Communication skills

5 simple practices that anyone can use for better writing

- August 5, 2020 2 MIN READ

Editing helps you to organise and enhance written material – to make information clear, engaging and easy to read. It’s a process to check that what you’ve intended to say is well conveyed. This is especially pertinent when you have multiple authors, complex information or challenging ideas.

I see editing as the pathway to clarity and coherence; it’s a method to articulate the core narrative, select the most vital bits and cull the fluff. You might feel like you have to include everything. But for your reader, less is often more.

Parts of editing are methodical. But there’s a strong element of creativity too. Good editing will develop structure and foundation, weave conceptual threads together and ensure that your words connect with the target audience.

And while some folks baulk at the ‘grammar police’, there is something to be said about making an effort to polish your performance, show respect for readers and demonstrate professionalism.

Types of editing

There are a few ways to clean up your act:

Substantive: the big picture editing job; a structural overhaul to develop logic and flow, weave in concepts and bring coherence to the many voices and ideas

Copyediting: clean up the copy and convert it to human speak; check that style aligns, correct grammar and punctuation, and enhance the language clarity

Proofreading: the final fresh-eyed review before you publish or hit send; check formatting and look out for layout mishaps or previously missed issues.

5 editing tips 

Professionals can help. But there are also some simple editing practices that anyone can use to optimise written words.


The material you’re so deeply immersed in might be new and confusing for others. There’s also a good chance you’re desensitised to jargon or have lost project enthusiasm. Get feedback from an outsider. Check if what you’ve written is engaging and actually makes sense to another human.


It’s easy to be blinded by familiarity with the material. The brain reads ahead to assume what’s on the page rather than doing the methodical job of editing. You can also miss things when you’re in a hurry. Press pause. Leave the project for a day. Or at least go for a walk. Distance brings perspective.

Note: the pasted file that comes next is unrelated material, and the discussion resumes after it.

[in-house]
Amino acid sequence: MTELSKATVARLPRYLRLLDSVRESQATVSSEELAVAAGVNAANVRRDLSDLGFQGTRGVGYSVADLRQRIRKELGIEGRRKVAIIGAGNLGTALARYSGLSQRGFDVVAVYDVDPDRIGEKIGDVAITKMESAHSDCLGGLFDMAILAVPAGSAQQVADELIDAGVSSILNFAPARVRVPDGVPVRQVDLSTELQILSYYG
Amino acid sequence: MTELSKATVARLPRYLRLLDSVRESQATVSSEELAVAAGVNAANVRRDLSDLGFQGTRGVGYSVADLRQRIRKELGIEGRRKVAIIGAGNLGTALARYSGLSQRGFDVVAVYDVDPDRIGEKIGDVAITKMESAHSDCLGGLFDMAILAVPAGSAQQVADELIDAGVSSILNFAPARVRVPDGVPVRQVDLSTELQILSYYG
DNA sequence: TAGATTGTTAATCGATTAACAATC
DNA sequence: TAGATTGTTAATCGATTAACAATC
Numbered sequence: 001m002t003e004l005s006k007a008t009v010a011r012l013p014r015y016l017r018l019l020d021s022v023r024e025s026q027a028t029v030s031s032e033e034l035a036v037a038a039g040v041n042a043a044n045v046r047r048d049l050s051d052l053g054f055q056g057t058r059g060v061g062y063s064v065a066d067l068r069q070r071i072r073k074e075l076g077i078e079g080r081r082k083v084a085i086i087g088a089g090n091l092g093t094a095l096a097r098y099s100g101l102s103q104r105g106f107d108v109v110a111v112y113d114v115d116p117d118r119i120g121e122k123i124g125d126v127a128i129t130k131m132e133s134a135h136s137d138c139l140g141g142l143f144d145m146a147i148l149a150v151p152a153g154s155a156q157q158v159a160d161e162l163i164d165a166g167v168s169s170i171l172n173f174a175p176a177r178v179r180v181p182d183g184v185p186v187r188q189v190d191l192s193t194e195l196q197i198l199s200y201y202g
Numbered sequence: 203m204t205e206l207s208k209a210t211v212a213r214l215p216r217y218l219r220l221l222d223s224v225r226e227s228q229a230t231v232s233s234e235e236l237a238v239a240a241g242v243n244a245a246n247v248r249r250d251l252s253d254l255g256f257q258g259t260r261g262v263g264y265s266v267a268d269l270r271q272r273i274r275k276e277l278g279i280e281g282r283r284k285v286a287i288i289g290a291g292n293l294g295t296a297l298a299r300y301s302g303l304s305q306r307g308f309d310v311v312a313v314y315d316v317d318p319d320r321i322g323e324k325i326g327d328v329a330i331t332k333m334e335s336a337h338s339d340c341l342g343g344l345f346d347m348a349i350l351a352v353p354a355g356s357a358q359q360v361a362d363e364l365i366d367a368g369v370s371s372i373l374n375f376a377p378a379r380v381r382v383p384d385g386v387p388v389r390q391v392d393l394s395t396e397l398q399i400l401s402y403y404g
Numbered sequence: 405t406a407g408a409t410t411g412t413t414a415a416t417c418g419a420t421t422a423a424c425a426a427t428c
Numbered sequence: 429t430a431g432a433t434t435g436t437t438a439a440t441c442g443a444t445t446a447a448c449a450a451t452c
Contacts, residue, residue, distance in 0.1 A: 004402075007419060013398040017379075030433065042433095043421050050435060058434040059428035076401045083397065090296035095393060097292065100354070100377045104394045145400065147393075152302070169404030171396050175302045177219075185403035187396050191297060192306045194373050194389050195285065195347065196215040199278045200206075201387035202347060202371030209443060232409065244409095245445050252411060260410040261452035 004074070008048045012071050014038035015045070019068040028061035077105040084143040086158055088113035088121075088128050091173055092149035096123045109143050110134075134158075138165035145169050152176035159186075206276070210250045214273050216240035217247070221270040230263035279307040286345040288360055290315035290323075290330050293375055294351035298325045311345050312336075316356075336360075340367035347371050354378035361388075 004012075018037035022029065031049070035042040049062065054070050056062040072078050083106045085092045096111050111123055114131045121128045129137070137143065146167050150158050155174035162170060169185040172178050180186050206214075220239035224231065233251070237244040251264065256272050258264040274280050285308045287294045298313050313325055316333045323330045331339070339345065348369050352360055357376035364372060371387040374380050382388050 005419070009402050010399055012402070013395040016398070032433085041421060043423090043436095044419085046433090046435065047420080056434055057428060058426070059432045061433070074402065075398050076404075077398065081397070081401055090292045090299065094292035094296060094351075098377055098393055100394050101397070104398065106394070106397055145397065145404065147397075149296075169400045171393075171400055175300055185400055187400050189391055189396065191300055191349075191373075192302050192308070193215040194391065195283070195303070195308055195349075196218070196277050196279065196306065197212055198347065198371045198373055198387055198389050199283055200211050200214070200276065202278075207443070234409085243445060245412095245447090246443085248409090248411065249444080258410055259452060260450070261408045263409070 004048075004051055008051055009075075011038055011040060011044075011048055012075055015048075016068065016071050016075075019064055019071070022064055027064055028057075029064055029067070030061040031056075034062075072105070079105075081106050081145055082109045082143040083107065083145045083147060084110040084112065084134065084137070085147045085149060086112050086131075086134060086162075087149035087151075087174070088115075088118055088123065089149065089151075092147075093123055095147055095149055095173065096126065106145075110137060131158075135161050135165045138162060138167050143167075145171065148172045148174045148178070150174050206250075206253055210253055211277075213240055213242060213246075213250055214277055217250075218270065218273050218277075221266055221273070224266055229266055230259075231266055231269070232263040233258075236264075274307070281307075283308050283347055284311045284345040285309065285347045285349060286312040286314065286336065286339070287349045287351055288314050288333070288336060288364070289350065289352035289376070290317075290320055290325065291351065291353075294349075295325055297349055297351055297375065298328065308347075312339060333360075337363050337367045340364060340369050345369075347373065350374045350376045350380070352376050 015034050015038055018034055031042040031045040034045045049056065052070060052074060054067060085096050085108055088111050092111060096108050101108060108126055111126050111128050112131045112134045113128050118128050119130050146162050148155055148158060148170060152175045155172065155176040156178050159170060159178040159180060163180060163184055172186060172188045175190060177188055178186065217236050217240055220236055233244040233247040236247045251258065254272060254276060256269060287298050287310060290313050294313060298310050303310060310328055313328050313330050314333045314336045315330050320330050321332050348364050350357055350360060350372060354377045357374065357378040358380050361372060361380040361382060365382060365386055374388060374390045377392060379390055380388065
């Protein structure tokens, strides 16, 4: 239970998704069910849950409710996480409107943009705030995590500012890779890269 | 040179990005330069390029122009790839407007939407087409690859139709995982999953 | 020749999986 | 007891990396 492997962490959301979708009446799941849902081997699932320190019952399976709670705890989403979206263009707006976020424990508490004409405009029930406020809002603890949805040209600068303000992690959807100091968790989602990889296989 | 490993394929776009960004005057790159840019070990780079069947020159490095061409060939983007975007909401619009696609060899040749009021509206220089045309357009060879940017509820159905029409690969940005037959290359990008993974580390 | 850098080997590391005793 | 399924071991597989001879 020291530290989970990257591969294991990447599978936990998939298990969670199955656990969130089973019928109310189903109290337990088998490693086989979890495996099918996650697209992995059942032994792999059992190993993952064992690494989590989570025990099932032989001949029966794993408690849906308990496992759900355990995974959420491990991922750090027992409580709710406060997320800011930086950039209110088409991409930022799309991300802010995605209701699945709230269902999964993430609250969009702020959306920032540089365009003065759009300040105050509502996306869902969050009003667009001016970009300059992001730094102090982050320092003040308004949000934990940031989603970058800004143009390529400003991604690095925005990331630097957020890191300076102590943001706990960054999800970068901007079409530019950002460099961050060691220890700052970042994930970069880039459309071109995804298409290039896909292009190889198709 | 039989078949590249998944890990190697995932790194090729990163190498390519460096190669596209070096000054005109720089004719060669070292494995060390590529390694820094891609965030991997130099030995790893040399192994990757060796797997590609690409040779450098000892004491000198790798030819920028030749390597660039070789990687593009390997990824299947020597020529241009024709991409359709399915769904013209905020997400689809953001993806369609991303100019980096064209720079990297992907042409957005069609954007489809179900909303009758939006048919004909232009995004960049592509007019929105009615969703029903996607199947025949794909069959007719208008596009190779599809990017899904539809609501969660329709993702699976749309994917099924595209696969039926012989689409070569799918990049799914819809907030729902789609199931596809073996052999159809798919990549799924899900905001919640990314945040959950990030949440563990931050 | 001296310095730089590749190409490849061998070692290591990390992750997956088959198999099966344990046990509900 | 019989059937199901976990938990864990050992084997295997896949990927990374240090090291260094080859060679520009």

This is another way to slow down and take notice, rather than anticipate the words. But it’s also a useful tool for checking cadence; to see how the words make music together. We need rhythm in language. Boring, repetitive sentence styles make text a chore to read.


Yep, old school and analogue (which is probably why I love it). It’s oh so helpful to print your documents. A tactile editing process like this slows you down to review line by line; often more carefully than onscreen. Shredded drafts can feed the worms and carbonise the compost.


You need to make sure that the entire body of information is coherent, but it can also help to review by section – especially when proofreading, checking styles or cross referencing against previous drafts. You could batch check all of the headings or captions, for example. It saves time.

Editing is an important stage of any writing project, and a vital tool of improvement. Along the way, I reckon it’s also helpful to check your standards of perfectionism and habits of procrastination. Don’t let editing become an excuse for holding back. At some stage, you just have to put your words out into the world.

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  • Andrew Caska

    Caska IP Patent Attorneys

    'Flying Solo opened up so many doors for us - I honestly don't know where I'd be without it"